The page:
The movie is bloody, gruesome and powerful. Those who have seen it agree on that much.
But depending on who is talking, Mel Gibson's The Passion of the Christ can also be either an incredible tribute to the death of Christ and the birth of Christianity or a slap to every Jew.
Local faith leaders who have viewed a version of the controversial movie see it as another reason that people need to talk, particularly as Lent and Passover draw near. That's what they plan to do.
Three weeks before the movie's nationwide opening, Catholic and Jewish leaders in the Tampa Bay area have scheduled a town hall meeting Wednesday night at Temple Beth-El to discuss the genre of Passion plays.
James M. Barrens, a St. Petersburg resident who is helping to organize the talk, saw an unfinished version of the movie in Orlando with a group of evangelical ministers.
"There were clearly people who were moved and some who were weeping," said Barrens, who found elements of the movie problematic.
"Speaking personally, I thought it was bloody, disappointing and had elements of anti-Semitism in it," Barrens said.
"That being said, we have been receiving information over the last couple of days that the movie is being changed. I really hope that the final product will be changed and improved significantly."
Barrens, a Catholic whose wife is Jewish, attended the screening along with James Rudin, a rabbi who is an authority on Passion plays. Rudin, who has seen two versions of the movie in recent months, will speak at Wednesday's town hall gathering.
"My intention is to use the soon-to-be-released film as a teachable moment," said Rudin, senior interreligious adviser for the American Jewish Committee.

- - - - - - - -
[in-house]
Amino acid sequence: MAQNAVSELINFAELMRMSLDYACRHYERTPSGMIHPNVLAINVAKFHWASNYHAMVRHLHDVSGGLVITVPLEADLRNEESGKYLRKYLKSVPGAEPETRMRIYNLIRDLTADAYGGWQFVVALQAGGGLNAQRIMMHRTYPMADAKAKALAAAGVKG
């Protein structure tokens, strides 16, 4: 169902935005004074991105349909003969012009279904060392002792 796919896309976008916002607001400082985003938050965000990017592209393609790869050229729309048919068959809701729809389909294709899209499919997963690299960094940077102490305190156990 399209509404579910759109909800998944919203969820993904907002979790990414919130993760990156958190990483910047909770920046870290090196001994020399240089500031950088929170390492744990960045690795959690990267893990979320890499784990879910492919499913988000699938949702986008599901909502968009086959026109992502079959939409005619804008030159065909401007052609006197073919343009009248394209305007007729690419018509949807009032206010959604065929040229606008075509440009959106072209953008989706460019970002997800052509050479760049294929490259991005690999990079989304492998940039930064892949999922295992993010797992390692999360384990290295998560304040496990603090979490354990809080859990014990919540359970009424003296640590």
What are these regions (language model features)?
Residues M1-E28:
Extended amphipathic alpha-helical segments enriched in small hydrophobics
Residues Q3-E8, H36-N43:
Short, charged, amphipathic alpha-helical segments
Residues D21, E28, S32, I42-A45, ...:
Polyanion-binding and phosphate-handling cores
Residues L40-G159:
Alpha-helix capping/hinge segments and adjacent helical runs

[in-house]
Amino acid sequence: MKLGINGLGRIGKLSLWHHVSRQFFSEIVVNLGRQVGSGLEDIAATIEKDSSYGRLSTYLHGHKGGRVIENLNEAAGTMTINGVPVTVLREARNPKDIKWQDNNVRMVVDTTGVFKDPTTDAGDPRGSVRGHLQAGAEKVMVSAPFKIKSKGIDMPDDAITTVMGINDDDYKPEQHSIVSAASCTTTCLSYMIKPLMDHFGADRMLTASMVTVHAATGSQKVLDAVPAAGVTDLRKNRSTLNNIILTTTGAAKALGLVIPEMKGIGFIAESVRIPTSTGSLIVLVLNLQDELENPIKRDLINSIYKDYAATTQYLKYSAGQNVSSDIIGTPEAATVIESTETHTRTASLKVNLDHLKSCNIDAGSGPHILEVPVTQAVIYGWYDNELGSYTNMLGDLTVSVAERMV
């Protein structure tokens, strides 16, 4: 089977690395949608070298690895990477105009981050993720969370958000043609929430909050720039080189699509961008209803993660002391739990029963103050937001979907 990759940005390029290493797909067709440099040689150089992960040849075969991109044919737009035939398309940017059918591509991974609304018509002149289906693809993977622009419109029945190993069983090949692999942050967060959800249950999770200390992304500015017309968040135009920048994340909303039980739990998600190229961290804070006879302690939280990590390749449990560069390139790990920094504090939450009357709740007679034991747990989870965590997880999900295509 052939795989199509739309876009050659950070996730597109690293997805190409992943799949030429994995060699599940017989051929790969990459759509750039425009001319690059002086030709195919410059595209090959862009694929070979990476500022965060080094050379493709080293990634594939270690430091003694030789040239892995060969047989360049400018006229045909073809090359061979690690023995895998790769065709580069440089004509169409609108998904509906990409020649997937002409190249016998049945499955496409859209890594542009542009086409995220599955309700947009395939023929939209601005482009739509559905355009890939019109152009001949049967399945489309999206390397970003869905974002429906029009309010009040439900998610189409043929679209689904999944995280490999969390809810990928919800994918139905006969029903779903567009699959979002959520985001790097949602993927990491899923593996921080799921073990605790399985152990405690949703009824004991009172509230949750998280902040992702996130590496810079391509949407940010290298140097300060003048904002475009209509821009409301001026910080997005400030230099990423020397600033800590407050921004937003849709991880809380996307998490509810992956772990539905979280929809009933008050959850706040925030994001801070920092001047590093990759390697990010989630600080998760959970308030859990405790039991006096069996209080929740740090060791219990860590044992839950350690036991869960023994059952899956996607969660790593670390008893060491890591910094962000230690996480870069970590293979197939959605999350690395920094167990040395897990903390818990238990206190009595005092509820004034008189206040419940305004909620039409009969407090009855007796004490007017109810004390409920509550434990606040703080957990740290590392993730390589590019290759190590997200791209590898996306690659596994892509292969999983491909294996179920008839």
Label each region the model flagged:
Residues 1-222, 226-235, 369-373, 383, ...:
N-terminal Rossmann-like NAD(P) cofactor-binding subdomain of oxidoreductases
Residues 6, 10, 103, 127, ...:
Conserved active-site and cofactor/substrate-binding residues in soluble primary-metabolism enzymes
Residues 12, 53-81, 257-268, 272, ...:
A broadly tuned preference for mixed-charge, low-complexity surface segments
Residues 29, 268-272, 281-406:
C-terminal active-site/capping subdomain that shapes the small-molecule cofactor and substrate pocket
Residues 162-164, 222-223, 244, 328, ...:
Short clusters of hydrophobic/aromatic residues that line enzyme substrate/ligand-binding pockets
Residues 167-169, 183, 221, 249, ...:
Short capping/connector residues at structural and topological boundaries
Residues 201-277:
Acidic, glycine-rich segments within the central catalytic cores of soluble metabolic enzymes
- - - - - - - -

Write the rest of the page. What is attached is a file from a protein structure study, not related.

His great fear is that the movie could stir up "latent anti-Jewish caricatures and stereotypes that are very deep in a person's memory bank."
Some local pastors see little reason for worry.
"I talked to two ministers who were there and they raved about it," said the Rev. Deon Lett of Suncoast Cathedral, an Assemblies of God congregation in St. Petersburg.
Still, organizers of Wednesday's meeting see the need to talk.
"I think that it is very important that we place everything in its larger context. There are problematic elements that come out at this time of year" as Lent and Passover approach, said Barrens, executive director of the Center for Catholic-Jewish Studies at Saint Leo University, which is organizing the gathering with the National Conference for Community and Justice.
He noted that until a few decades ago, Jewish culpability for the crucifixion of Jesus was a prevalent attitude among many Christians.
"This has been officially repudiated by all major denominations, officially beginning in 1965 with Vatican II, but those attitudes are still with us," Barrens said. "We hope we can sensitize Christians to the great advances made in church teachings."
The Passion of the Christ will open Feb. 25, Ash Wednesday, the beginning of the sacred Christian season of Lent, which commemorates the last days of Jesus and ends with his resurrection at Easter. Passover, a foremost Jewish festival, also falls during this period.
Icon Productions, Gibson's film company, did not return telephone calls or e-mails.